5 science-backed methods to stress relief.Stress is one of the most common mental health problems in the world. It can lead to headaches, digestive issues, and more, so it’s important to find ways to manage it.
There are a lot of ways to reduce stress, from passive strategies like procrastinating or numbing your emotions with alcohol and mindless entertainment to more proactive ones that help you build the tools you need to deal with stressful situations.
- Take Time Off
Stress can be a normal part of life, but chronic stress can lead to many health issues. It can cause a number of symptoms, including headaches, digestive problems, anxiety, and insomnia.
Fortunately, there are many ways to reduce your stress levels in the short-term and build more resilience. These science-backed methods can help you feel better in the long run.
Take time to think about how you can incorporate these strategies into your daily life. Keep in mind that not all of these will work for everyone, so you may need to try a few for a few days before you find one that works best for you.
Exercise can relieve stress and anxiety, increase energy, improve sleep and boost your mood. It can also help you cope with mental health problems, like depression or ADHD.
When you exercise, the level of chemicals in your brain — including serotonin and stress hormones — change. These changes boost your mood, reenergize you and give you more control over your life.
Aerobic exercise is especially beneficial for stress management. But any type of activity will provide benefits if you’re willing to put in the work.
- Get a Massage
A massage can have a huge range of benefits, from stress relief to mental health boosts. It can also help with a wide variety of medical conditions.
While it’s important to consult with your doctor before trying any new things, there is a growing body of scientific research that suggests a massage can be an effective treatment for certain illnesses and conditions.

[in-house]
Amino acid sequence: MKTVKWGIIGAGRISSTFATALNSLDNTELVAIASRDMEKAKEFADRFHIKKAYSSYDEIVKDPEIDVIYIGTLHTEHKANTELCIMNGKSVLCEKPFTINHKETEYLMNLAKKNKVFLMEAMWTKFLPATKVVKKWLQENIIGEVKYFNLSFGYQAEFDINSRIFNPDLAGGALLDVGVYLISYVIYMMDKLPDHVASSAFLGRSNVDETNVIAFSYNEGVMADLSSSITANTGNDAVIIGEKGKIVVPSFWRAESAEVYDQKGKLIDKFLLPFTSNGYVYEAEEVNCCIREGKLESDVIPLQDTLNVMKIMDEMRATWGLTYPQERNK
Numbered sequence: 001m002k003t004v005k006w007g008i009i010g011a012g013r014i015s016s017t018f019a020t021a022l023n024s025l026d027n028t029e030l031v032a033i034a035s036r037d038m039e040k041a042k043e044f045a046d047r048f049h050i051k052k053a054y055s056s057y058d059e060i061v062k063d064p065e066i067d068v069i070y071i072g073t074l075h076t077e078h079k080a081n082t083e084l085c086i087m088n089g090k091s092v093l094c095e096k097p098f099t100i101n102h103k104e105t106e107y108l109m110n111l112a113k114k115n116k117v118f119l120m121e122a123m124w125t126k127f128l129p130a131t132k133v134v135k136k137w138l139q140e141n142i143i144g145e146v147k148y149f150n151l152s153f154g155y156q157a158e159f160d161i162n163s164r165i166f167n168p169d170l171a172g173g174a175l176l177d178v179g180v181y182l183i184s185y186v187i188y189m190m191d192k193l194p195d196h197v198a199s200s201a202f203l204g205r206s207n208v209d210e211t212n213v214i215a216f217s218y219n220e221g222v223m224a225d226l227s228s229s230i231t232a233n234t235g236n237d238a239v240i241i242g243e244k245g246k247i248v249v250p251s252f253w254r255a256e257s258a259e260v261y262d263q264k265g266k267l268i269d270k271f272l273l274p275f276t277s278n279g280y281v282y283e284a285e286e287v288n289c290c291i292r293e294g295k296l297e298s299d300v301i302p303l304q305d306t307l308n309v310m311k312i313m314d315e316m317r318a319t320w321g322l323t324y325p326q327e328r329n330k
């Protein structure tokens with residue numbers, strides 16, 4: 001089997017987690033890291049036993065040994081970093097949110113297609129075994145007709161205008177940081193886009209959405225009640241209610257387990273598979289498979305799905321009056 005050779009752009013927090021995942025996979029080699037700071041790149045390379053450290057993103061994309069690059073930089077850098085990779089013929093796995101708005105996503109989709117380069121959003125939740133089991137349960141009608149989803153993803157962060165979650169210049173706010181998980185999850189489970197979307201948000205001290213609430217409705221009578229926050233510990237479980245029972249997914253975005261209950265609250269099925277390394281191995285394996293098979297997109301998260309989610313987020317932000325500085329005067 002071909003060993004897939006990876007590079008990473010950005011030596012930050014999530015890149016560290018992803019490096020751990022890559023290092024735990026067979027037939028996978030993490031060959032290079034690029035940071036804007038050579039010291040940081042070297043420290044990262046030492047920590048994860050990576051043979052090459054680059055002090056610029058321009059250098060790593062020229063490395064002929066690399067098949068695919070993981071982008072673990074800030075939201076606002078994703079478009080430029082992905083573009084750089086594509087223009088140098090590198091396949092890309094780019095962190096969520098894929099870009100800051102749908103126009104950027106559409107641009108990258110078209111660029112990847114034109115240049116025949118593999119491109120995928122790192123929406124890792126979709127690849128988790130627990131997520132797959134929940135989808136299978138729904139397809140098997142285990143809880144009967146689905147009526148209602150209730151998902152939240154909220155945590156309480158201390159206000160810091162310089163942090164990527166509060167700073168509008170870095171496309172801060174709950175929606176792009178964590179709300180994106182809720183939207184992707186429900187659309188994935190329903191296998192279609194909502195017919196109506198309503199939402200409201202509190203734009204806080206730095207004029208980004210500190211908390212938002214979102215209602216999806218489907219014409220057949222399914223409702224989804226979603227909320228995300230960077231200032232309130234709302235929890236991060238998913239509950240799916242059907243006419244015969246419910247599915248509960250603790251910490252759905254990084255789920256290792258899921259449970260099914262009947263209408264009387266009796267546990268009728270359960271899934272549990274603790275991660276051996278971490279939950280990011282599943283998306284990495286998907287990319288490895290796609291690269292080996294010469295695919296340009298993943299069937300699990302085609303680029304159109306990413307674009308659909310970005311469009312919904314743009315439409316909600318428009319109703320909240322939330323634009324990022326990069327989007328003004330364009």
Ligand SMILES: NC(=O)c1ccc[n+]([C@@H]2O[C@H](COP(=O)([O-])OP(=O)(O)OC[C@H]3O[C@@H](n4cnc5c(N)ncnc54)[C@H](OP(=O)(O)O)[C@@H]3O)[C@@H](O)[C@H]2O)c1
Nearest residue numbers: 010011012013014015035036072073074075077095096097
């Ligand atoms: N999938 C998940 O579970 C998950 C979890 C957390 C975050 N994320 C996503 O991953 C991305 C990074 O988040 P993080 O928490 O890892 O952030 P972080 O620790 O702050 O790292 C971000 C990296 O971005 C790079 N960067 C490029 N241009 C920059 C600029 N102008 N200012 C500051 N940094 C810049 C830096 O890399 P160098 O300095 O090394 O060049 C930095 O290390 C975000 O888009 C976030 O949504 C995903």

It can help with pain and reduce anxiety, according to a study published in the International Journal of Neuroscience. It can also ease depression, improve sleep, and increase energy levels.
- Take a Walk in Nature
Many of us spend our days glued to screens. But research is showing that nature has a lot to offer.
Walking in nature can help your stress levels by lowering your cortisol and boosting your endorphins. Studies have shown that short walks of up to 16 minutes are also effective at revitalising cognitive function and stimulating creativity.
Taking a walk in nature also improves your immune system because of the terpenes that plants produce to repel pests. In fact, a study found that sleeping in rooms with terpene-enriched air increased the number of active immune cells.
If you’re looking for a fun way to keep kids engaged during your walk, consider creating a scavenger hunt. Make a list of items to be found on your walk, then have the kids find them.
- Get Help
Stress is a fact of life for many people. Longer work hours, more complicated tasks, uncooperative colleagues, and a demanding lifestyle can all add up to chronic stress.
Managing your stress isn’t always easy, but science-backed methods can help. By taking on a few small changes, you can reduce your stress and improve your overall health.
Cognitive behavioral therapy, also known as talk psychotherapy, can help change the way you think about stressful events or situations. It also teaches you techniques for dealing with stress in the future.
Whether you’re struggling with a relationship, a job, or something more serious, getting help from a therapist can be an excellent first step. They can help you identify stressors, develop an action plan, and help you implement it.